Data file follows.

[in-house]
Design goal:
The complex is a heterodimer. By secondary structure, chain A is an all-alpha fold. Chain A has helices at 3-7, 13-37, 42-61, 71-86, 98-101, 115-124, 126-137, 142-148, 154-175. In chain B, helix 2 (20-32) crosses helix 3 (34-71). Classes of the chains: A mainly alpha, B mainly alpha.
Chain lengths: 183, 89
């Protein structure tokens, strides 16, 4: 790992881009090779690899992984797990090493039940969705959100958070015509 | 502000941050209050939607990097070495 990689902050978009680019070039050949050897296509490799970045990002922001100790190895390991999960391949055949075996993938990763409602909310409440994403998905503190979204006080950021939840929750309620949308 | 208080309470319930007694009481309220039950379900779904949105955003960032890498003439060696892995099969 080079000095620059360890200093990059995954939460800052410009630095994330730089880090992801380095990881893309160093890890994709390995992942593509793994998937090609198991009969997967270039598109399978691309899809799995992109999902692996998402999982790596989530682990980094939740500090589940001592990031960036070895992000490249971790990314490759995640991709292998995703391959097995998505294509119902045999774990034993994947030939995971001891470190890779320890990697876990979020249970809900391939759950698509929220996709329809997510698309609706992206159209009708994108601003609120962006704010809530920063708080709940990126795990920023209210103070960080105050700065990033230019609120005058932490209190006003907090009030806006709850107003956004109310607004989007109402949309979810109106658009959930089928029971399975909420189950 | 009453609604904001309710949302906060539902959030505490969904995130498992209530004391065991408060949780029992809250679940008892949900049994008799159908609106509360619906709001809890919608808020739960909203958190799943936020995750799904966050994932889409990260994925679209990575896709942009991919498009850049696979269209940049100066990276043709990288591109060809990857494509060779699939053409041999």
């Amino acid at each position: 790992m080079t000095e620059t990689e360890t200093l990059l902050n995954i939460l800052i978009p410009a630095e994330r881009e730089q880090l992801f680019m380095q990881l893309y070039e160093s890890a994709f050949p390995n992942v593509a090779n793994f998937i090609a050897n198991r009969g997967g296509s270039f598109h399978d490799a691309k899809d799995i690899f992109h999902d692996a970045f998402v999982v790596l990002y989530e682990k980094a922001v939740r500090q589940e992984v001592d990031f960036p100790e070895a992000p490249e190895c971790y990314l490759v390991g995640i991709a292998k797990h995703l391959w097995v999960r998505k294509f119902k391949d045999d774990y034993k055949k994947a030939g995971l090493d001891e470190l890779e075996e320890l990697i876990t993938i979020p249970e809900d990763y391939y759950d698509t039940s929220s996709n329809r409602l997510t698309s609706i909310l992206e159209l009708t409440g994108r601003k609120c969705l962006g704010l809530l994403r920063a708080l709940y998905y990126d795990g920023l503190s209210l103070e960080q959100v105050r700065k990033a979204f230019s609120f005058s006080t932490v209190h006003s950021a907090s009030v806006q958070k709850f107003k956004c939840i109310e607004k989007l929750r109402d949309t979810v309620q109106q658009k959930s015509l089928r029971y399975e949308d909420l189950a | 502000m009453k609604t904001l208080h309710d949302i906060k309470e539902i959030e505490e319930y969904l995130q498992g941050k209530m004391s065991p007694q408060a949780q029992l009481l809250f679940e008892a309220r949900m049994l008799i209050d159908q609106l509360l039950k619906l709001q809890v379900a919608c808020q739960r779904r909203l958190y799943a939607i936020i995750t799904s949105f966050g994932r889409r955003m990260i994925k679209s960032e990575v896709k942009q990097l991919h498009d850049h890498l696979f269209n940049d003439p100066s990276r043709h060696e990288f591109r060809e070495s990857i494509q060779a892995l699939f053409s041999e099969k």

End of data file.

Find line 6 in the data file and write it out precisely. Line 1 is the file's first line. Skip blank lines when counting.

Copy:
């Amino acid at each position: 790992m080079t000095e620059t990689e360890t200093l990059l902050n995954i939460l800052i978009p410009a630095e994330r881009e730089q880090l992801f680019m380095q990881l893309y070039e160093s890890a994709f050949p390995n992942v593509a090779n793994f998937i090609a050897n198991r009969g997967g296509s270039f598109h399978d490799a691309k899809d799995i690899f992109h999902d692996a970045f998402v999982v790596l990002y989530e682990k980094a922001v939740r500090q589940e992984v001592d990031f960036p100790e070895a992000p490249e190895c971790y990314l490759v390991g995640i991709a292998k797990h995703l391959w097995v999960r998505k294509f119902k391949d045999d774990y034993k055949k994947a030939g995971l090493d001891e470190l890779e075996e320890l990697i876990t993938i979020p249970e809900d990763y391939y759950d698509t039940s929220s996709n329809r409602l997510t698309s609706i909310l992206e159209l009708t409440g994108r601003k609120c969705l962006g704010l809530l994403r920063a708080l709940y998905y990126d795990g920023l503190s209210l103070e960080q959100v105050r700065k990033a979204f230019s609120f005058s006080t932490v209190h006003s950021a907090s009030v806006q958070k709850f107003k956004c939840i109310e607004k989007l929750r109402d949309t979810v309620q109106q658009k959930s015509l089928r029971y399975e949308d909420l189950a | 502000m009453k609604t904001l208080h309710d949302i906060k309470e539902i959030e505490e319930y969904l995130q498992g941050k209530m004391s065991p007694q408060a949780q029992l009481l809250f679940e008892a309220r949900m049994l008799i209050d159908q609106l509360l039950k619906l709001q809890v379900a919608c808020q739960r779904r909203l958190y799943a939607i936020i995750t799904s949105f966050g994932r889409r955003m990260i994925k679209s960032e990575v896709k942009q990097l991919h498009d850049h890498l696979f269209n940049d003439p100066s990276r043709h060696e990288f591109r060809e070495s990857i494509q060779a892995l699939f053409s041999e099969k």